The August Accident
On August 24, a tractor-trailer transporting ore from one of the gold mines along State Route 766 crossed the center line of the highway and crashed head-on into a bus carrying mine workers preparing to go on-shift. The crash happened at about 6:00 a.m., and it killed the 29-year-old semi-truck driver. A beloved 62-year-old miner was the only fatality aboard the bus, but each of the other 20 passengers were taken to regional hospitals for treatment. The breakdown follows:
- Total individuals involved in crash: 22
- Number pronounced dead at the scene: 2
- Number transported to Northern Nevada Regional Hospital (NNRH) for treatment: 14
- Number transported to larger hospitals in Reno or Salt Lake City: 6
Staff of NNRH acknowledged that they seldom had to face casualties of this scale, and they expressed humility and thanks to the volunteers and donors who helped or wanted to do so. Days after the accident, five of the six survivors transported to larger hospitals remained in critical condition, while one had been released.  Seeing as the unfortunate accident happened while the miners were on the job, Nevada law would more then likely make the victims of the accident eligible for workers’ compensation from their employer.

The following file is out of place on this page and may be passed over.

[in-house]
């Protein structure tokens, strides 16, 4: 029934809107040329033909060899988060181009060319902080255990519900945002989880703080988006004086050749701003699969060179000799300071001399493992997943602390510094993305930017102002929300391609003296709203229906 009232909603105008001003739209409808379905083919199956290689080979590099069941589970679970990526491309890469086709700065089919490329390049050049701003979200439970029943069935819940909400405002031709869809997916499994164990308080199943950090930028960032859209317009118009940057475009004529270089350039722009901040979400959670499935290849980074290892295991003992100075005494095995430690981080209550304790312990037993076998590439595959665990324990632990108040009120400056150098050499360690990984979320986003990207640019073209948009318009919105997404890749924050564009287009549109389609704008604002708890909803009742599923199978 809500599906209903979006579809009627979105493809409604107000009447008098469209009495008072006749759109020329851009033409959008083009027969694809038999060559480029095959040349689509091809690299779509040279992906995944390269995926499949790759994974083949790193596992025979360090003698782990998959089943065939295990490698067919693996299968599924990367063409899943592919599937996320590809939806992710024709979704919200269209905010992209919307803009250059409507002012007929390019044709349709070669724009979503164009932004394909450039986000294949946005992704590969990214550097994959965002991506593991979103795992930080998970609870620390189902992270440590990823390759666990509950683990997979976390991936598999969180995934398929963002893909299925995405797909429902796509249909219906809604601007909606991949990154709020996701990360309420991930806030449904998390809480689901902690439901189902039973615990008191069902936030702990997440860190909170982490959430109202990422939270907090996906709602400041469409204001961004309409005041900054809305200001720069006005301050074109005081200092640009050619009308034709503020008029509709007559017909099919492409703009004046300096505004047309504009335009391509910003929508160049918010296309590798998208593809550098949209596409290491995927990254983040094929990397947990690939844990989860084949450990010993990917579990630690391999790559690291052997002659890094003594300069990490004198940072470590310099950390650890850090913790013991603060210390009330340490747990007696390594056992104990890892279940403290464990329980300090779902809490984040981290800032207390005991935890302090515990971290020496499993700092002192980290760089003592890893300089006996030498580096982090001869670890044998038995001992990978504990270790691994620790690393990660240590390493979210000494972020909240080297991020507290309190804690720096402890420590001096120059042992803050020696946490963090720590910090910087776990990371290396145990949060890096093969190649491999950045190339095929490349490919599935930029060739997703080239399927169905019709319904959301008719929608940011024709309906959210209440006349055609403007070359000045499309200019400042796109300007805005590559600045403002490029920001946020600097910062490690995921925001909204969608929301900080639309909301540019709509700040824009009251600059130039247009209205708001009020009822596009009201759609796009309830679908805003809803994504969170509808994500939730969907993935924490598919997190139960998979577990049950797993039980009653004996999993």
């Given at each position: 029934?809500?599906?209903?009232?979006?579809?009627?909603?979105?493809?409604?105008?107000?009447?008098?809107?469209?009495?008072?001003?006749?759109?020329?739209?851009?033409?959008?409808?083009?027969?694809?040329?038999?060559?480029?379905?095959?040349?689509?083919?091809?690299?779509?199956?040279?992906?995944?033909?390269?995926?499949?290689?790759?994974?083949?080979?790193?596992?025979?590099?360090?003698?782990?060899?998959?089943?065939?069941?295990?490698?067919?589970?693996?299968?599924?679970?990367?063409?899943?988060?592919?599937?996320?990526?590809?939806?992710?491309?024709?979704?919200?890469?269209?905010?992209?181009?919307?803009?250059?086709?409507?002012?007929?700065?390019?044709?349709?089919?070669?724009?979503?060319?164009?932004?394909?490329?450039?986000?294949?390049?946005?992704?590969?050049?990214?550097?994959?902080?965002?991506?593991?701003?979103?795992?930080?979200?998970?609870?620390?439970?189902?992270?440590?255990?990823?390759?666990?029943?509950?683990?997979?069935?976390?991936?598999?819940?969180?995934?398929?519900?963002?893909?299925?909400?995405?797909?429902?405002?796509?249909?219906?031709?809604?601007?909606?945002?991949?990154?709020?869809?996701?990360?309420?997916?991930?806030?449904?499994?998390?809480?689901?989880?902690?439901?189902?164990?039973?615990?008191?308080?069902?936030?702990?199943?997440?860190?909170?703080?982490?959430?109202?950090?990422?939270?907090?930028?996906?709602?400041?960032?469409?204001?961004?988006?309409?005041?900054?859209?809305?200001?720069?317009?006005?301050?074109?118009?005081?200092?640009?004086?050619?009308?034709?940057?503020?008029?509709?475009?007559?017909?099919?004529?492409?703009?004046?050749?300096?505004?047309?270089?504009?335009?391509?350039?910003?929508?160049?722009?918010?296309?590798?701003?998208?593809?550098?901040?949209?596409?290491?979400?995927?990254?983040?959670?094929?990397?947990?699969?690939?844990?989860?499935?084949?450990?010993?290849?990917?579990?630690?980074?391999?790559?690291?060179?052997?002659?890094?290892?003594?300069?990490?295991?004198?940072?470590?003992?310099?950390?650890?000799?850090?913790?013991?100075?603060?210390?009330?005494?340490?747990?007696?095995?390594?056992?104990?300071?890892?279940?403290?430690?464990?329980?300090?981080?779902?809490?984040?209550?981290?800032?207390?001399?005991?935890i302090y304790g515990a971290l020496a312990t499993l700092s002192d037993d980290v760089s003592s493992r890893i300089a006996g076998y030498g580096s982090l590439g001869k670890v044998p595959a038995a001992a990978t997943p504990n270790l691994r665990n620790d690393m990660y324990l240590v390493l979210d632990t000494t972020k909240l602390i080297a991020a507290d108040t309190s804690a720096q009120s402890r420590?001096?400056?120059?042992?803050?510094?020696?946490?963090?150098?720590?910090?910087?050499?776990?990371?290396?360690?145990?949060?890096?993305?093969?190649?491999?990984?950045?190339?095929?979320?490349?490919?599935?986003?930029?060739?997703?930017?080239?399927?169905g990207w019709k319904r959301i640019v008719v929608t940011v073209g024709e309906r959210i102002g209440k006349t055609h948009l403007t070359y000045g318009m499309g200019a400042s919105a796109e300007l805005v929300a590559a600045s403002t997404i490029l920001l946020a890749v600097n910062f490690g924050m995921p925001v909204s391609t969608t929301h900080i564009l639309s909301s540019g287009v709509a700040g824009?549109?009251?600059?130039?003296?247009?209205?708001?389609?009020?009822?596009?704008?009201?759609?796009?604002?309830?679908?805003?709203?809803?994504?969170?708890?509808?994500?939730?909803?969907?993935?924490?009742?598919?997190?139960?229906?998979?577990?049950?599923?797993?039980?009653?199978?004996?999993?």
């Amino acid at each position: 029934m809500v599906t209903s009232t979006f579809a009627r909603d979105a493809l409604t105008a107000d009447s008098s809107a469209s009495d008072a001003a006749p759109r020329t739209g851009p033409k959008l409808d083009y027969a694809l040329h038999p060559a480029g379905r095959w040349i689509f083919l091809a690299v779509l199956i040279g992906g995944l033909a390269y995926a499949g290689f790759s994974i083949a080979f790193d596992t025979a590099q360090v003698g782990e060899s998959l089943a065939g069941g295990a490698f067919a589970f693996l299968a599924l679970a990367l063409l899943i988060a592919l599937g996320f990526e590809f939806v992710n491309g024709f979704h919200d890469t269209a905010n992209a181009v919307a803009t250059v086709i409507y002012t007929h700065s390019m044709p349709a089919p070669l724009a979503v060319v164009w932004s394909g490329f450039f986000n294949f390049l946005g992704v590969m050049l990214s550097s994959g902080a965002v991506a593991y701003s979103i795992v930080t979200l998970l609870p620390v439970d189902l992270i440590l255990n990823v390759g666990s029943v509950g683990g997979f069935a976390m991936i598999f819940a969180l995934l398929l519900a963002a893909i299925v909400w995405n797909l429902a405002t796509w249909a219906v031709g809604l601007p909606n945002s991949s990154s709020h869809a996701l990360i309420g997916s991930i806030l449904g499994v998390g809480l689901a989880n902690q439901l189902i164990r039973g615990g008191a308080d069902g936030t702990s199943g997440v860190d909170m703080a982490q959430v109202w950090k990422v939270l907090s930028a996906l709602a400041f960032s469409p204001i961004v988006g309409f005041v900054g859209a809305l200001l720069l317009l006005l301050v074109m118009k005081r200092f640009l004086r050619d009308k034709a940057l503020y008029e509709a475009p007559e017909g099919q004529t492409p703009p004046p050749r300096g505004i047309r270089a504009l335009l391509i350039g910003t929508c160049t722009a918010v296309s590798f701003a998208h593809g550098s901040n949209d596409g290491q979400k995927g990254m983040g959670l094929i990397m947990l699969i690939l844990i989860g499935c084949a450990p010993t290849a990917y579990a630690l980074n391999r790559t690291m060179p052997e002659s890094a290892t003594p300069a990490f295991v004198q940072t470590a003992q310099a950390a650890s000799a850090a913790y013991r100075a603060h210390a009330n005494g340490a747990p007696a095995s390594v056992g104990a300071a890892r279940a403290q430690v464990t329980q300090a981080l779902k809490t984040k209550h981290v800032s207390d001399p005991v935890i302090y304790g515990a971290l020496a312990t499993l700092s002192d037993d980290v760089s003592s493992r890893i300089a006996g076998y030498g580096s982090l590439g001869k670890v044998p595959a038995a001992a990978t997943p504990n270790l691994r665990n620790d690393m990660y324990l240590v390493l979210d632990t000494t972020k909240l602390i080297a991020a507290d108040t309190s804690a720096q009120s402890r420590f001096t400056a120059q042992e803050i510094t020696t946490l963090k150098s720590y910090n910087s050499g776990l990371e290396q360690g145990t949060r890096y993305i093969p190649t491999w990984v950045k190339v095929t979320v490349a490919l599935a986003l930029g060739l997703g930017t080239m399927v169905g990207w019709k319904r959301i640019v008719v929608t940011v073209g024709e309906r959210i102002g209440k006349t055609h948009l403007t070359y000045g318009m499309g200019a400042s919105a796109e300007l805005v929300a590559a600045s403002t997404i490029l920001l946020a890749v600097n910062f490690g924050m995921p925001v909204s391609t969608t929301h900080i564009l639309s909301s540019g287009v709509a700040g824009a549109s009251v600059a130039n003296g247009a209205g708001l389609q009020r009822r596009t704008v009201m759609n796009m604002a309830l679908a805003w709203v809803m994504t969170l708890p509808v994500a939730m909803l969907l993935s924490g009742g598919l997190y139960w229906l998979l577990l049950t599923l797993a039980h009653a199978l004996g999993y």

Both the semi-truck driver and the passenger aboard the commercial bus who was killed were residents of Spring Creek, a small rural community in Nevada. The notion that most fatal car accidents kill “rural people” on rural roads may be the conventional wisdom of amassed anecdotes, but it is also empirically correct. One study commissioned by the National Highway Transportation Safety Administration (NHTSA), a federal agency, found that “[n]ot only did the majority of fatal crashes occur in rural areas, the majority of fatal crashes involved rural residents, and the majority of the rural residents involved in fatal crashes were traveling on rural roads.” 
Among many factors that makes driving on rural highways relatively more dangerous, a significant one is that commercial vehicles comprise a major share of rural traffic. While this particular phenomenon is difficult to address with current technology, more can be done to make our highways safe for all users. The accident described above also presents an interesting case study in incentives: the semi-truck transporting the ore was coming from Nevada Gold Mines operation, and the bus carrying the passengers was bound for a Nevada Gold Mines facility, yet Nevada Gold Mines operated neither vehicle. It had contracted with Pilot Thomas Logistics to haul its ore and with Coach USA to transport its workers; this complicates the assignment of liability as survivors and the victims’ families seek redress for this horrible tragedy.